Systemic and Lung Diseases
In this chapter, examples are used to illustrate how certain systemic and lung diseases, not already covered in previous chapters, can manifest and affect the appearance of the pulmonary vasculature. The diseases explored here include sarcoidosis, hepatopulmonary syndrome, sickle cell disease, bronchopulmonary dysplasia, idiopathic pulmonary hemosiderosis, emphysema, pulmonary Langerhans cell histiocytosis, usual interstitial pneumonitis, lymphangiomatosis and the angiomatous diseases, which include capillary hemangiomatosis and pulmonary capillary veno-occlusive disease.
Sarcoidosis is a systemic noncaseating granulomatous disease of unknown etiology that affects the mediastinum, lungs, and other organs to varying degrees.
Pulmonary hypertension occurs in patients with end-stage lung disease due to sarcoidosis; several mechanisms may contribute, including fibrotic destruction of the capillary bed and resultant chronic hypoxemia, extrinsic compression of the major pulmonary arteries by enlarged lymph nodes, and secondary pulmonary veno-occlusive disease.
Hepatopulmonary syndrome is defined as the triad of hepatic dysfunction, intrapulmonary vascular dilatation, and hypoxemia.
Clinically, it manifests as progressive dyspnea in patients with cirrhosis.
It occurs in 50% of patients with chronic liver disease of any cause.
It is not to be confused with portopulmonary hypertension, which is pulmonary hypertension due to increased vascular resistance in patients with portal hypertension.
Normal pulmonary capillaries are between 8 and 15 [H9262]m in diameter; in hepatopulmonary syndrome, they are 15 to 100 [H9262]m in diameter.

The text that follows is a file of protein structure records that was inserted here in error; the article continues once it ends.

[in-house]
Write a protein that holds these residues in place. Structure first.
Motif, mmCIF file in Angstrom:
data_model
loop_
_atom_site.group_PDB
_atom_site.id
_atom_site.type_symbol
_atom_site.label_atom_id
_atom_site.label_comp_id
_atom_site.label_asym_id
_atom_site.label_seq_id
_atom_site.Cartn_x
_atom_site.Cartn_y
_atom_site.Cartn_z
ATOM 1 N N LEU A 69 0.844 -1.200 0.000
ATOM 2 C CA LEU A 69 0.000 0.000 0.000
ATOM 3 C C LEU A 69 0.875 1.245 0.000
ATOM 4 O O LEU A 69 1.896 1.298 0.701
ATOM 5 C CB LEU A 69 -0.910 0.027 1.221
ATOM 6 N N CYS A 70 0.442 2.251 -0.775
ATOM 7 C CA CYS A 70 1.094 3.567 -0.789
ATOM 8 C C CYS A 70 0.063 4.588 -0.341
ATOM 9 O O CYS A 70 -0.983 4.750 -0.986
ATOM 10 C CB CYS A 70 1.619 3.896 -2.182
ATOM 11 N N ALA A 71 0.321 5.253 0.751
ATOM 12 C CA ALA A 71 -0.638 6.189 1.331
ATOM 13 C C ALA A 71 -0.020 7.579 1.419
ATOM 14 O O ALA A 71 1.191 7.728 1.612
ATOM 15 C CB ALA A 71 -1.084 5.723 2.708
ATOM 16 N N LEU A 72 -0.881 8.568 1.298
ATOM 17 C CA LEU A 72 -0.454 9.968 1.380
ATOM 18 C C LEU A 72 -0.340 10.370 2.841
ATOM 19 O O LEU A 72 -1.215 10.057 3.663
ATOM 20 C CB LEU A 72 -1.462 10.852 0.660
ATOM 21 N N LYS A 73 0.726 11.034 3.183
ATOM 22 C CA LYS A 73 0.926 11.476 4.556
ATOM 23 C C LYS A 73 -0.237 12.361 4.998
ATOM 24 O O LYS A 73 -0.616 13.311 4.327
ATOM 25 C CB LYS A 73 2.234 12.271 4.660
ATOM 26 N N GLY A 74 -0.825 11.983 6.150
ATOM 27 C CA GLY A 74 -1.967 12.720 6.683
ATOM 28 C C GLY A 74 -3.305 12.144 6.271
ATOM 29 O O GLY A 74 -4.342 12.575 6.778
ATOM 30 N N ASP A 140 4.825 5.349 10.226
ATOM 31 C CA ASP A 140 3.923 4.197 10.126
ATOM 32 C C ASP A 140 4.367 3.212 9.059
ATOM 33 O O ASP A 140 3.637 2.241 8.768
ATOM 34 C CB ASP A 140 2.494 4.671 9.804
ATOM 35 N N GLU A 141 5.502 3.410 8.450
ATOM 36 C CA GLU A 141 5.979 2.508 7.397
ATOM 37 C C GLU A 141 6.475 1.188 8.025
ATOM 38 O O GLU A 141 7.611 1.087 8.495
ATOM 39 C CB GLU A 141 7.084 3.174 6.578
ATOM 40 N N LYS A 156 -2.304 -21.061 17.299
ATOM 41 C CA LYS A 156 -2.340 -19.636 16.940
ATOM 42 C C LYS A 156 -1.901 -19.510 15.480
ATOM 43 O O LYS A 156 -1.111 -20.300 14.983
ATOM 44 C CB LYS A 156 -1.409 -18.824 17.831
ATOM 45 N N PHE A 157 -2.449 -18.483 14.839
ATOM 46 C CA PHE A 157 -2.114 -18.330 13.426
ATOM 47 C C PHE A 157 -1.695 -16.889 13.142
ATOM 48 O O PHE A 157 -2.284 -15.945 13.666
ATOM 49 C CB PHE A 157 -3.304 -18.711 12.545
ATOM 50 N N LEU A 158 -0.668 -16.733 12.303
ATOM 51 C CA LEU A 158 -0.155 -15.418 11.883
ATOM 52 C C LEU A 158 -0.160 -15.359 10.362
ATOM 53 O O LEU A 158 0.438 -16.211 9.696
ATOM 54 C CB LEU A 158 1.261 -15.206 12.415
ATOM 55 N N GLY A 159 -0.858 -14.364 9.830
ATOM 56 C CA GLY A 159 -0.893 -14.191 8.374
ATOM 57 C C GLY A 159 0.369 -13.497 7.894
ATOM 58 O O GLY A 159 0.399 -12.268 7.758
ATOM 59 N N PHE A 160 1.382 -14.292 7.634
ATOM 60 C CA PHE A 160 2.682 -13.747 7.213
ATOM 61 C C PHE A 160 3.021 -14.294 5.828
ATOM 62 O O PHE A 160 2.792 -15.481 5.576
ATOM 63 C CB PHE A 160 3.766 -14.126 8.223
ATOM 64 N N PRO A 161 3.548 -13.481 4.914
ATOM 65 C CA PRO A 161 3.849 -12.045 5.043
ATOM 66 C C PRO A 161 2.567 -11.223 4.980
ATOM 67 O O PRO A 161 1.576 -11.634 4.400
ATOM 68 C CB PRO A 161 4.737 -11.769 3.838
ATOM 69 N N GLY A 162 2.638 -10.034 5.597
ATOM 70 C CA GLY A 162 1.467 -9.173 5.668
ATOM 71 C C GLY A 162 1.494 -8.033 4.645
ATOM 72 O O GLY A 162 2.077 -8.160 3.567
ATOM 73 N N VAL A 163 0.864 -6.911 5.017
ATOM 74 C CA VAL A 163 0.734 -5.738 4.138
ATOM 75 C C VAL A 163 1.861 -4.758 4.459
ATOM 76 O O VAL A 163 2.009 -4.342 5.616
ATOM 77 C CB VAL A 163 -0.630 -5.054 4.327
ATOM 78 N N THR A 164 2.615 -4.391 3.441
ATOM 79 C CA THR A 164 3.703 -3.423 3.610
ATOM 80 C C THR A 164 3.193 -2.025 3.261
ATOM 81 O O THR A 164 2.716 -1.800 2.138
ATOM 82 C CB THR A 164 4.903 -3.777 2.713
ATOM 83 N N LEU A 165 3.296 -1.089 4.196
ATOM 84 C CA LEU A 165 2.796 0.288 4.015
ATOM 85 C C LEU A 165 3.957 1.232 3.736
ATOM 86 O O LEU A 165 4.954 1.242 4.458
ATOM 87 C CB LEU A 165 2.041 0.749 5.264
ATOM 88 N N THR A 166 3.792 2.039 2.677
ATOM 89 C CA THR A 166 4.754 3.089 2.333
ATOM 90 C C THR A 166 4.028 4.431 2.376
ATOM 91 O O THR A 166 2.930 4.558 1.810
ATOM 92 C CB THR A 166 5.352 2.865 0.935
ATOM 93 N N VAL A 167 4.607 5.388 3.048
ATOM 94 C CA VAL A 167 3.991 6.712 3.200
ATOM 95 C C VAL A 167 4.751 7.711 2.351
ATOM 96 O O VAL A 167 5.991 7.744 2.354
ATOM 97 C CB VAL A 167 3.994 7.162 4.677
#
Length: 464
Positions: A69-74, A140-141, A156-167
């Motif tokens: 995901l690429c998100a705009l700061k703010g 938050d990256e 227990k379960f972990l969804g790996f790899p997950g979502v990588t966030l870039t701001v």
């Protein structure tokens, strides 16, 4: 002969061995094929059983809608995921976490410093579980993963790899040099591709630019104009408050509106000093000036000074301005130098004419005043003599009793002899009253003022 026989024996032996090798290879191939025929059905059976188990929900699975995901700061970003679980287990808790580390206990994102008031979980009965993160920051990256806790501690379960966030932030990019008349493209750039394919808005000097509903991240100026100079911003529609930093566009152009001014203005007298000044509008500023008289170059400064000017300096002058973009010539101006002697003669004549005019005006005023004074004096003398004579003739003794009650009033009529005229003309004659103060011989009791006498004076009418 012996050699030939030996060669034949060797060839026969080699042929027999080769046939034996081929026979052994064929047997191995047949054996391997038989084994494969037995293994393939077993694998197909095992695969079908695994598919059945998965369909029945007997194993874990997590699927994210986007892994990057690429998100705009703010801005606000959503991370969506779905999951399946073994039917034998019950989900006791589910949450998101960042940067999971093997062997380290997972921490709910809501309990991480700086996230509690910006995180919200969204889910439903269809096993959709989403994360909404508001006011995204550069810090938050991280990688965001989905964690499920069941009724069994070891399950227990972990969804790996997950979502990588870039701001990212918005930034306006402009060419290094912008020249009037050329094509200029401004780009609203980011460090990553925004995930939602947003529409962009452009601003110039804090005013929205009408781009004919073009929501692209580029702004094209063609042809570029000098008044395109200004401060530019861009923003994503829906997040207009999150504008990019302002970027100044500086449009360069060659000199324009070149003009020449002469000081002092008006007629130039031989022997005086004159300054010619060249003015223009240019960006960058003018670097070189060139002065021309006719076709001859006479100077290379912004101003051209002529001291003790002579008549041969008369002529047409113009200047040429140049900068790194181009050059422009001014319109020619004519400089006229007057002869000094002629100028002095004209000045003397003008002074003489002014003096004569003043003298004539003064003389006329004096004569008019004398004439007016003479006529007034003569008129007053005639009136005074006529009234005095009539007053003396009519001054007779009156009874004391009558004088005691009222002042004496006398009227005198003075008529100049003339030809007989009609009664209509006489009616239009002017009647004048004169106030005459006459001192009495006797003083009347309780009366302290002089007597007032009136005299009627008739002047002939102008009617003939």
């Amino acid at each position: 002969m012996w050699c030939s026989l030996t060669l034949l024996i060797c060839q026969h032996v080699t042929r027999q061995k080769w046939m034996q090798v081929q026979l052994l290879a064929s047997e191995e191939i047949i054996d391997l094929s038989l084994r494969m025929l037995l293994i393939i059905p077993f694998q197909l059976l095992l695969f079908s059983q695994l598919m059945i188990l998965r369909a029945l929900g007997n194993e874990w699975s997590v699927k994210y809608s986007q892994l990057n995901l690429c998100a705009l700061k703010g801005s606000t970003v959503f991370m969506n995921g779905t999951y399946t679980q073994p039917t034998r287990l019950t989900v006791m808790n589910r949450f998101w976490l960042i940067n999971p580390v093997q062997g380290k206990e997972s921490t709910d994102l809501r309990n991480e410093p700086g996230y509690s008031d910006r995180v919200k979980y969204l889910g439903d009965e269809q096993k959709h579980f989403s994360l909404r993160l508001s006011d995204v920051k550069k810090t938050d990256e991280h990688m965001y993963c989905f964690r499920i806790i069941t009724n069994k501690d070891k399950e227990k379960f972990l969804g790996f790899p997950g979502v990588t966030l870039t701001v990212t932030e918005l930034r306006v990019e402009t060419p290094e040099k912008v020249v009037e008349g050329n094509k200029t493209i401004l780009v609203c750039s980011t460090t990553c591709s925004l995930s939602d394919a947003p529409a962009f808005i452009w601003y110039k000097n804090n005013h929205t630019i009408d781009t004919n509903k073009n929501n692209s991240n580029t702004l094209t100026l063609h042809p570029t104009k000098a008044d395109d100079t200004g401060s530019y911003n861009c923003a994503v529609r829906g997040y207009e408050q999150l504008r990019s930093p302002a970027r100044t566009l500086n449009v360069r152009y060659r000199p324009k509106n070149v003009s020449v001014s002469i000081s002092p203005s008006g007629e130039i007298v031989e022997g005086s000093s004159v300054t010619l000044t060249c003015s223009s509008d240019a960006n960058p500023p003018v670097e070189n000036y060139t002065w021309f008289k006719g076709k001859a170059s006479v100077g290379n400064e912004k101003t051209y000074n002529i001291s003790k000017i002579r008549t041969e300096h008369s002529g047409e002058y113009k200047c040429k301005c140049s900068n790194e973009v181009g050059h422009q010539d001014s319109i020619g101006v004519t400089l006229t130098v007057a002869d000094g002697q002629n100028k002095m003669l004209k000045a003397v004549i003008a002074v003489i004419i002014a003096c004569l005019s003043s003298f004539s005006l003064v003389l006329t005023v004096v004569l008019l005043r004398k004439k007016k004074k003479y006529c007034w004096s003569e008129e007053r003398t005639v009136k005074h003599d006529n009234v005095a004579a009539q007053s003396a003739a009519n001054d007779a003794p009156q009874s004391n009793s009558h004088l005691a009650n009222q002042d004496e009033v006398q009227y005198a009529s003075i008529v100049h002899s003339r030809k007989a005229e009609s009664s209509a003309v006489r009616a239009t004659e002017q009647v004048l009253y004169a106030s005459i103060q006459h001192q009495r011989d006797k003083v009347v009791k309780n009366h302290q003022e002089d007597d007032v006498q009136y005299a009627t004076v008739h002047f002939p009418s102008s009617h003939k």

The hypoxemia is due to the presence of numerous tiny intrapulmonary shunts.
Radiographic findings include bilateral basilar nodular or reticular opacities on chest radiograph, heterogeneous uptake on perfusion lung scan, and peripheral arteriolar dilatation on computed tomography (CT) or magnetic resonance imaging (MRI; Fig. 11.3).
Sickle cell disease is a systemic disease that can result in occlusion of the small pulmonary vessels.
In the acute chest syndrome, capillary obstruction by sickle cells is accompanied by in situ thrombosis.
Imaging can demonstrate ground-glass opacification or extensive consolidation due to hemorrhagic edema, which is caused by ischemia, infarction, or infection and is responsible for precipitation of the acute chest syndrome (Fig. 11.4).
CT can show mosaic attenuation, thought to be related to secondary pulmonary lobules with hypoperfusion adjacent to normal or hyperperfused lobules (Fig. 11.4).
Chronic changes are seen in individuals experiencing repeated acute episodes, with parenchymal bands due to fibrosis of infarctions (Fig. 11.4).
Eventually, in patients with persistent occlusion of the microvascular bed, cor pulmonale develops, manifested as dilatation of the pulmonary arteries and right ventricular hypertrophy.
In premature neonates, the high pressures of oxygen delivery can result in necrotizing vasculitis, bronchiolitis, and alveolar septal injury.
CT features in older survivors include extensive areas of decreased lung attenuation, within which the size and number of vessels and bronchi are reduced as a consequence of chronic changes in the lung parenchyma, vessels, and airways (Fig. 11.5).
Idiopathic pulmonary hemosiderosis is a rare cause of diffuse alveolar hemorrhage and, by definition, of unknown etiology.